American Express Travel Relate v. Todd Hollenbach, et al


OPINION and JUDGMENT filed: The judgment of the district court is AFFIRMED IN PART and REMANDED IN PART. Decision for publication. Eugene E. Siler, Jr. (AUTHORING) and R. Guy Cole, Jr., Circuit Judges; David D. Dowd, Jr., U.S. District Judge for the Northern District of Ohio, sitting by designation.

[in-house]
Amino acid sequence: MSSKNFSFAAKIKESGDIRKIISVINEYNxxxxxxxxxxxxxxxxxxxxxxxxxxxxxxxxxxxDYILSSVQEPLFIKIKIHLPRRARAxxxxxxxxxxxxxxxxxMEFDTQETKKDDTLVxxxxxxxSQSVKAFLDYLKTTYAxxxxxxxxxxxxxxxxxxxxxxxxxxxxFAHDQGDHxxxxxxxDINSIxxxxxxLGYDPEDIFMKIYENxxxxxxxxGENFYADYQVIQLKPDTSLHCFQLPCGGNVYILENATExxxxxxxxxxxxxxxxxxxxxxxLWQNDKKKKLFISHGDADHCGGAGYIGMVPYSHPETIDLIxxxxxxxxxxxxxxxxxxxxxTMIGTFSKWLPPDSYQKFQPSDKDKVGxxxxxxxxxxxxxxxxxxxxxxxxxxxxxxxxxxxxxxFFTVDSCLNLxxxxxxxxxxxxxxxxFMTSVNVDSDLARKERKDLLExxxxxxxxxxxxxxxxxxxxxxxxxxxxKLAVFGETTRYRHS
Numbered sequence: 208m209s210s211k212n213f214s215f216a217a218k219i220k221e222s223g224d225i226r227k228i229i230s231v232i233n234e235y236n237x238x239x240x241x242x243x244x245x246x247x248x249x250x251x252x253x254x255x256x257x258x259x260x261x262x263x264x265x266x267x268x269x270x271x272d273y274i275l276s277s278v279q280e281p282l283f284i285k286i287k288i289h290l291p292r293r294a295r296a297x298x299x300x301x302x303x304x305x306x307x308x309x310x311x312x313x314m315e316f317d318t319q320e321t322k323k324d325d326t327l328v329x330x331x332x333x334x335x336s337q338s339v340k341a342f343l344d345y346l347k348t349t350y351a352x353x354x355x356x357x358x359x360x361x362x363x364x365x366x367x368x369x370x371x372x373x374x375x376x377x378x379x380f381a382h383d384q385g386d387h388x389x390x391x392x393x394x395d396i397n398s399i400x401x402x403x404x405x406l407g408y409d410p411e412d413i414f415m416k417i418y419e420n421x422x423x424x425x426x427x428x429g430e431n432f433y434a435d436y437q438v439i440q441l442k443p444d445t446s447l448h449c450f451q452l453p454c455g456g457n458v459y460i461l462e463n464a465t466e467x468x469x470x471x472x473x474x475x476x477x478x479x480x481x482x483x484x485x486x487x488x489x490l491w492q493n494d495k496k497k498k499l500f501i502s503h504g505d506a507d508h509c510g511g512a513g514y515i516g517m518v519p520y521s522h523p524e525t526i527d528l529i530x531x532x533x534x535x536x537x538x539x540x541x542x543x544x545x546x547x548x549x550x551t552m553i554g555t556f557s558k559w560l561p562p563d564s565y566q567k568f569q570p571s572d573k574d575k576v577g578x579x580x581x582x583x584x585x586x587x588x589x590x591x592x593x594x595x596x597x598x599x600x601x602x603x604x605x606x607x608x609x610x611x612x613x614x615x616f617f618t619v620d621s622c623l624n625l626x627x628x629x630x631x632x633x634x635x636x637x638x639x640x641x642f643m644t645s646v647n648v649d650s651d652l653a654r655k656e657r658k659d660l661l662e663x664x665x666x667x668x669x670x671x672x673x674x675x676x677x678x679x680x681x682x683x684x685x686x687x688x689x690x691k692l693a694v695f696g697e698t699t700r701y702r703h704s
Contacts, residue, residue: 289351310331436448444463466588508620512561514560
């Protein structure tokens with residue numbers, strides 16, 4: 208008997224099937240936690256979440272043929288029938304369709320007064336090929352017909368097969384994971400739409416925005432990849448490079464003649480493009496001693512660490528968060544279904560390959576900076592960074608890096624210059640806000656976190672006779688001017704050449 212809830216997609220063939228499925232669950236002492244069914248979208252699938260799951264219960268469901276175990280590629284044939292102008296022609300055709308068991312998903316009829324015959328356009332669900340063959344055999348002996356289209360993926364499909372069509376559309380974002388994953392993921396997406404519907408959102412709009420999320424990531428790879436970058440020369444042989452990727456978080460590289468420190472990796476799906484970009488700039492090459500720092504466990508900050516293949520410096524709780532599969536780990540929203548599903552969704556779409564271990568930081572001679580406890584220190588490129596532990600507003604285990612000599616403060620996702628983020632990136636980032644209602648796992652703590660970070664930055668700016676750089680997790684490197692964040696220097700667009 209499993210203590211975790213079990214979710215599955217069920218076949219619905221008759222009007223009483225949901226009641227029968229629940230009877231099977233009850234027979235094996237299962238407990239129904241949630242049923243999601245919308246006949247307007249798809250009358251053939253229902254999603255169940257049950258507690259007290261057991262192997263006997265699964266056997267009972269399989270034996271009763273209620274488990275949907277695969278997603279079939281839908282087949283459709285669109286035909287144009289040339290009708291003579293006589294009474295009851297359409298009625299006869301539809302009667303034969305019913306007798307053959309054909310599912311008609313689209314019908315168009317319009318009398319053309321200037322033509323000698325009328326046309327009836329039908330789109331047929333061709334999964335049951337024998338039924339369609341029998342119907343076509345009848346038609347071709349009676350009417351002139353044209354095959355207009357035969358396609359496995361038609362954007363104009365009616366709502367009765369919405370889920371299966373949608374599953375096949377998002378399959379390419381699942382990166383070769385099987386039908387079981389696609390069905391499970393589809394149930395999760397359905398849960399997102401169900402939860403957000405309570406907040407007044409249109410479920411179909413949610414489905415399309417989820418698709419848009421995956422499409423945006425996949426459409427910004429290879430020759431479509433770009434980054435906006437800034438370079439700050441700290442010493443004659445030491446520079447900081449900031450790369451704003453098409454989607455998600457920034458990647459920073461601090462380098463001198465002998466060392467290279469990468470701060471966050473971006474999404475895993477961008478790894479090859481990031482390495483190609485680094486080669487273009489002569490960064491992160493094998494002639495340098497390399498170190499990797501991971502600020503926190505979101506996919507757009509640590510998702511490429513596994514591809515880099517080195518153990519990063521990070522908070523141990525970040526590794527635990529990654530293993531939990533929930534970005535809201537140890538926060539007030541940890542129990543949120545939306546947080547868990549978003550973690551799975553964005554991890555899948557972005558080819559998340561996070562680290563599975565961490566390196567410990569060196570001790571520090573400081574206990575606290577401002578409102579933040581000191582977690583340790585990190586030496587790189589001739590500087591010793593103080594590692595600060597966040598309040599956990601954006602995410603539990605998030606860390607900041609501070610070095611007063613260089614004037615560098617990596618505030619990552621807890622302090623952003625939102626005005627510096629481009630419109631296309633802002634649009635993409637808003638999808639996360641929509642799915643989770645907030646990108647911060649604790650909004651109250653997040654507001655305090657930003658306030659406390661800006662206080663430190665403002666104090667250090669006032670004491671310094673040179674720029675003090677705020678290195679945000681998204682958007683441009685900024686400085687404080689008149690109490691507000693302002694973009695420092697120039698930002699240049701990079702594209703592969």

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Case: 12-6249 Document: 006111820822 Filed: 09/17/2013 Page: 1 RECOMMENDED FOR FULL-TEXT PUBLICATION Pursuant to Sixth Circuit I.O.P. 32.1(b) File Name: 13a0279p.06 UNITED STATES COURT OF APPEALS FOR THE SIXTH CIRCUIT _________________ X AMERICAN EXPRESS TRAVEL RELATED SERVICES COMPANY, INC., A New York Corporation, No. 12-6249 Plaintiff-Appellant, > , v. COMMONWEALTH OF KENTUCKY, Kentucky Department of the Treasury, Defendant, TODD HOLLENBACH, Treasurer, in his official capacity, Defendant-Appellee. N Appeal from the United States District Court for the Eastern District of Kentucky at Frankfort. No. 3:08-cv-00058—Danny C. Reeves, District Judge. Argued: July 23, 2013 Decided and Filed: September 17, 2013 Before: SILER and COLE, Circuit Judges; DOWD, District Judge.* _________________ COUNSEL ARGUED: Walter L. Sales, STOLL KEENON OGDEN PLLC, Louisville, Kentucky, for Appellant. Brian T. Judy, OFFICE OF THE KENTUCKY ATTORNEY GENERAL, Frankfort, Kentucky, for Appellee. ON BRIEF: Walter L. Sales, Timothy J. Eifler, K. Timothy Kline, STOLL KEENON OGDEN PLLC, Louisville, Kentucky, Paul C. Harnice, Sarah Jackson Bishop, STOLL KEENON OGDEN PLLC, Frankfort, Kentucky, for Appellant. Brian T. Judy, Angela C. Evans, OFFICE OF THE KENTUCKY ATTORNEY GENERAL, Frankfort, Kentucky, for Appellee. * The Honorable David D. Dowd, Jr., United States District Judge for the Northern District of Ohio, sitting by designation. 1 Case: 12-6249 Document: 006111820822 Filed: 09/17/2013 No. 12-6249 Am. Express Travel Related Servs. v. Commonwealth of Ky., et al. Page: 2 Page 2 _________________ OPINION _________________ SILER, Circuit Judge. Plaintiff American Express Travel Related Services Co., Inc. (“AmEx”) appeals the grant of summary judgment in favor of defendant Todd Hollenbach, Treasurer of the Commonwealth of Kentucky, in this action challenging the retroactivity and constitutionality of an amendment to Kentucky Revised Statute (KRS) § 393.060(2), which shortened the presumptive abandonment period for traveler’s checks (“TCs”) from fifteen to seven years (the “Amendment”). For the reasons that follow, we AFFIRM the district court, and REMAND for entry of judgment in accordance with this decision. I. AmEx is the world’s largest issuer of TCs, which are preprinted checks in fixed dollar amounts that are sold in every state of the United States and worldwide. The business relies on the universal recognition and acceptance of TCs, which never expire. AmEx and third-party vendors sell TCs at face value, and AmEx profits by investing the funds until the TC is redeemed. Although most TCs are cashed within a year, AmEx uses the remaining uncashed TCs for long-term, high-yield investments. Until recently, every state’s abandoned property laws imposed a presumption of abandonment on uncashed TCs at fifteen years after issuance. This presumption requires the issuer to transfer possession of the funds to the state. The Kentucky General Assembly amended KRS § 393.060(2) in 2008 to change Kentucky’s abandonment period from fifteen to seven years.1 AmEx subsequently filed suit against Hollenbach, claiming that the Amendment violates the Due Process Clause, 1 The General Assembly had previously attempted to amend § 393.060(2) in the same manner in 2006, but a state court voided that bill for failing to comply with the Kentucky Constitution’s procedures for amending a statute. Am. Express Travel Related Servs. Co., Inc. v. Kentucky, No. 06-CI-1151 (Franklin Cir. Ct. Jan. 31, 2007). Case: 12-6249 Document: 006111820822 Filed: 09/17/2013 No. 12-6249 Am. Express Travel Related Servs. v. Commonwealth of Ky., et al. Page: 3 Page 3 the Contract Clause, and the Takings Clause of the United States Constitution. Initially, the district court granted summary judgment for AmEx, finding that the Amendment violated the Due Process Clause because the legislative purpose of raising revenue did not satisfy rational basis review. Am. Express Travel Related Servs. Co. v. Hollenbach, 630 F. Supp. 2d 757, 760-64 (E.D. Ky. 2009). On appeal, we held that the Amendment, applied prospectively, did not violate the Due Process Clause and remanded the case to the district court to consider AmEx’s remaining claims. Am. Express Travel Related Servs. Co., Inc. v. Kentucky, 641 F.3d 685, 694-95 (6th Cir. 2011). On remand, after AmEx amended its complaint to add a dormant Commerce Clause argument, the parties filed cross-motions for summary judgment. In its motion for summary judgment, AmEx additionally argued that the legislation did not apply retroactively so as to affect TCs that were issued and outstanding prior to the effective date of the Amendment. The district court denied AmEx’s motion and granted Hollenbach’s motion. Am. Express Travel Related Servs. Co., Inc. v. Hollenbach, No. 3:08-58-DCR, 2012 WL 4023709, at *1 (E.D. Ky. Sept. 12, 2012). AmEx now appeals. II. AmEx raises multiple issues on appeal. In addition to disputing whether the Amendment has prospective or retroactive applicability under Kentucky law, it argues that the provision violates the Commerce Clause. We do not reach AmEx’s other constitutional arguments, which are based on retroactive application, because we find, for the reasons stated below, that the Amendment is substantive and applies only prospectively. Finally, Hollenbach raises the issue of collateral estoppel based on litigation AmEx brought in New Jersey in 2010, after that state changed its presumptive abandonment period from fifteen to three years. We review de novo a district court’s grant of summary judgment based on whether a state statute violates the U.S. Constitution. Cherry Hill Vineyards, LLC v. Lilly, 553 F.3d 423, 431 (6th Cir. 2008). Case: 12-6249 Document: 006111820822 Filed: 09/17/2013 No. 12-6249 Am. Express Travel Related Servs. v. Commonwealth of Ky., et al. Page: 4 Page 4 III. As a threshold matter, we first review the claim of issue preclusion Hollenbach raised against AmEx. He argues that collateral estoppel prohibits AmEx from raising the same claims it unsuccessfully litigated against New Jersey in American Express Travel Related Services, Inc. v. Sidamon-Eristoff, 669 F.3d 359 (3d Cir. 2012). After New Jersey passed a statute changing the presumptive abandonment period from fifteen to three years, AmEx sought a preliminary injunction against the New Jersey Treasurer. It argued that the amendment violated the Due Process Clause, the Contract Clause, the Takings Clause, and the Commerce Clause of the federal Constitution. Id. at 366. The Third Circuit held that AmEx could not show a likelihood of success on the merits of its claims and affirmed the district court’s order denying preliminary injunctive relief. Id. at 374. Denials of preliminary relief are generally not given preclusive effect. Abbott Labs. v. Andrx Pharms., Inc., 473 F.3d 1196, 1205-06 (Fed. Cir. 2007). This is so because “the prior proceeding must have resulted in a final judgment on the merits” in order to be accorded preclusive effect. Pfeil v. State St. Bank & Trust Co., 671 F.3d 585, 601 (6th Cir. 2012) (quoting Kosinski v. Comm’r, 541 F.3d 671, 675 (6th Cir. 2008)). Because the Third Circuit’s holding was specifically based on the “likelihood of success on the merits,” and because a different state’s law played an integral part in most of AmEx’s claims, which makes the precise issues raised here different, Sidamon-Eristoff cannot be given preclusive effect. See Sidamon-Eristoff, 669 F.3d at 366-68. IV. AmEx argues that the amendment to KRS § 393.060(2) can only apply prospectively. The basis for AmEx’s position is that the Amendment did not include an express declaration of retroactivity as required by KRS § 446.080(3), and the provision is substantive, rather than remedial. Conversely, Hollenbach argues the Amendment is remedial in nature and, therefore, should be interpreted as applying retroactively. Case: 12-6249 Document: 006111820822 Filed: 09/17/2013 No. 12-6249 Am. Express Travel Related Servs. v. Commonwealth of Ky., et al. Page: 5 Page 5 Kentucky law governing statutory construction states that “[n]o statute shall be construed to be retroactive, unless expressly so declared.” KRS § 446.080(3). The Kentucky Supreme Court has noted that this rule should be “strictly construed.” Hamilton v. Desparado Fuels, Inc., 868 S.W.2d 95, 97 (Ky. 1993). Moreover, the Kentucky Supreme Court has held that although substantive legislation is presumed to be prospective, remedial legislation does not fall within the general rule against retroactive application. Commonwealth Dep’t of Agric. v. Vinson, 30 S.W.3d 162, 168 (Ky. 2000); Peabody Coal Co. v. Gossett, 819 S.W.2d 33, 36 (Ky. 1991). Kentucky courts have defined remedial legislation as providing “no more than the expansion of an existing remedy without affecting the substantive basis, prerequisites, or circumstances giving rise to the remedy.” Ky. Ins. Guar. Ass’n v. Jeffers ex rel. Jeffers, 13 S.W.3d 606, 609 (Ky. 2000). On the other hand, substantive legislation “change[s] and redefine[s] the out-of-court rights, obligations and duties of persons in their transactions with others.” Vinson, 30 S.W.3d at 168. The Amendment does not expressly declare that the change was meant to be applied retroactively. Indeed, House Bill 704, which contained the Amendment, did not list an effective date and does not discuss retroactivity for § 12, the applicable section. 2008 Ky. Acts 132 § 12. By contrast, House Bill 704 does note that §§ 8-11 are retroactive to all outstanding claims and that § 7 has an effective date of August 1, 2008. Id. at §§ 15-16. This suggests that the legislature knew how to express retroactivity and effective dates, but chose not to when amending KRS § 393.060(2). Moreover, when the General Assembly repealed and reenacted the Amendment in 2009,2 it declined the opportunity to make the provision fully retroactive, instead declaring its intention that the provision be applied retroactively only to April 24, 2008, the original effective date of the 2008 Amendment. 2009 Ky. Acts 86 § 17. If the legislature had meant for the 2 The General Assembly repealed and reenacted the 2008 Amendment in 2009, due to questions concerning its validity. Specifically, the Kentucky legislature failed to present the 2008 Amendment to the governor by midnight on the last day it was authorized to be in session. A Kentucky state court held in early 2009 that presentment must occur before the end of the legislative session. See Williams v. Grayson, No. 08-Cl-856 (Franklin Cir. Ct. Jan. 21, 2009). To remedy this potential problem, the General Assembly repealed and reenacted the identical “seven-year” change to § 393.060(2) in 2009. See 2009 Ky. Acts 86 §§ 11, 17. Case: 12-6249 Document: 006111820822 Filed: 09/17/2013 No. 12-6249 Am. Express Travel Related Servs. v. Commonwealth of Ky., et al. Page: 6 Page 6 provision to be fully retroactive to all outstanding TCs, it could have simply stated so, as it did in § 15 of the same bill regarding outstanding tax refund claims. 2009 Ky. Acts 86 § 15. Because the General Assembly did not expressly declare the Amendment to be retroactive, the provision may only apply to TCs issued before the enactment date if it is remedial rather than substantive under Kentucky law. According to the standard in Jeffers, the Amendment is not remedial because it is not limited to improving an existing remedy. Instead, it affects the prerequisites and circumstances giving rise to the remedy. See Jeffers, 13 S.W.3d at 609-10. Specifically, it alters the amount of time required for the presumptive abandonment of TCs, from fifteen to seven years. Moreover, like the amendment in Vinson, the Amendment here has clearly “change[d] and redefine[d]” AmEx’s “obligations and duties” in its TC transactions. Vinson, 30 S.W.3d at 168. Because the Amendment must be considered substantive, it is to be applied only prospectively from April 24, 2008. The district court assumed that the Amendment was retroactive and then held it was not unconstitutional. However, because we have decided the retroactive issue, we need not address the constitutional issues related to that assumption, that is, whether the Amendment is a violation of substantive due process, the Contract Clause, or the Takings Clause. Thus, deciding the state law question first obviates the need to analyze the remaining constitutional issues, except for the dormant Commerce Clause discussed below. V. We now turn to AmEx’s sole remaining argument–the company’s contention that the Amendment, even as applied prospectively, violates the dormant Commerce Clause. A challenge to a statute under the dormant Commerce Clause involves a two-part inquiry. First, we must “determine whether ‘a state statute directly regulates or discriminates against interstate commerce, or [whether] its effect is to favor in-state economic interests over out-of-state interests.’” Int’l Dairy Foods Ass’n v. Boggs, 622 F.3d 628, 644 (6th Cir. 2010) (quoting Brown-Forman Distillers Corp. v. N.Y. State Case: 12-6249 Document: 006111820822 Filed: 09/17/2013 No. 12-6249 Am. Express Travel Related Servs. v. Commonwealth of Ky., et al. Page: 7 Page 7 Liquor Auth., 476 U.S. 573, 579 (1986)). If a statute does either of these, it is generally struck down without further inquiry. Id. “When, however, a statute has only indirect effects on interstate commerce and regulates evenhandedly, we have examined whether the State’s interest is legitimate and whether the burden on interstate commerce clearly exceeds the local benefits.” Brown-Forman Distillers, 476 U.S. at 579 (quoting Pike v. Bruce Church, Inc., 397 U.S. 137, 142 (1970)). AmEx asserts that the Amendment violates the dormant Commerce Clause under both tests. Under the first test, AmEx argues that the TC business is an interstate and international business that relies on the uniformity of regulation throughout the states, noting that only Kentucky and New Jersey have deviated from the fifteen-year presumptive abandonment period that has been adopted from the Uniform Unclaimed Property Act. It contends that the Amendment impairs the free flow of commerce and asserts that unless it chooses to sell TCs in Kentucky on a marginal basis or at a loss, the Amendment forces it to choose between three options: (1) to cease selling TCs in Kentucky; (2) to charge a fee for selling TCs in Kentucky, but not other places; or (3) to charge a fee for selling TCs throughout the United States to maintain uniformity. AmEx argues that this burdens interstate commerce by allowing Kentucky to dictate the operation of its TC business nationwide. AmEx’s argument fails because the Amendment does not practically or legally require it to choose any of the three options it mentions. Instead, AmEx may choose on its own volition to pursue one of its proposed options. This differs from the cases where the Supreme Court has held state statutes unconstitutional under the Commerce Clause. See, e.g., Healy v. Beer Inst., 491 U.S. 324, 335-343 (1989) (finding a Connecticut statute unconstitutional because it controlled the prices at which out-of-state shippers could sell their beer in other states); Brown-Forman, 476 U.S. at 583-84 (finding a New York statute unconstitutional because it required distillers to seek approval of the New York State Liquor Authority before lowering prices in other states). The regulations in those cases had “the practical effect of controlling commerce that occur[red] entirely outside of the state in question.” Boggs, 622 F.3d at 645. The Amendment here cannot Case: 12-6249 Document: 006111820822 Filed: 09/17/2013 Page: 8 No. 12-6249 Am. Express Travel Related Servs. v. Commonwealth of Ky., et al. Page 8 be said to control commerce outside of Kentucky, nor does it require AmEx to operate differently in Kentucky. Under the second test, AmEx argues that the only real local benefit is to enrich the state at its expense, which may be illusory if it ceases to sell TCs in Kentucky or exits the TC industry in the United States altogether. However, while revenue generation is not a local benefit that can justify discrimination against interstate commerce, “it is a cognizable benefit for purposes of the Pike test.” United Haulers Ass’n, Inc. v. Oneida-Herkimer Solid Waste Mgmt. Auth., 550 U.S. 330, 346 (2007). Further, as previously noted, while AmEx may voluntarily choose to cease selling TCs in Kentucky, or exit the TC market altogether, the Amendment does not directly or indirectly require it to do so. Thus, AmEx’s Commerce Clause challenge fails. VI. In sum, although we are affirming the district court, we do so on different grounds. We hold that the TC provision applies only prospectively from its enactment date of April 24, 2008, and does not violate the Commerce Clause. However, we recognize that the district court erroneously assumed that KRS § 393.060(2) applied retroactively, without so ruling. We therefore remand the case to the district court with instructions to enter a judgment finding that KRS § 393.060(2) applies only prospectively from April 24, 2008. AFFIRMED in part and REMANDED in part.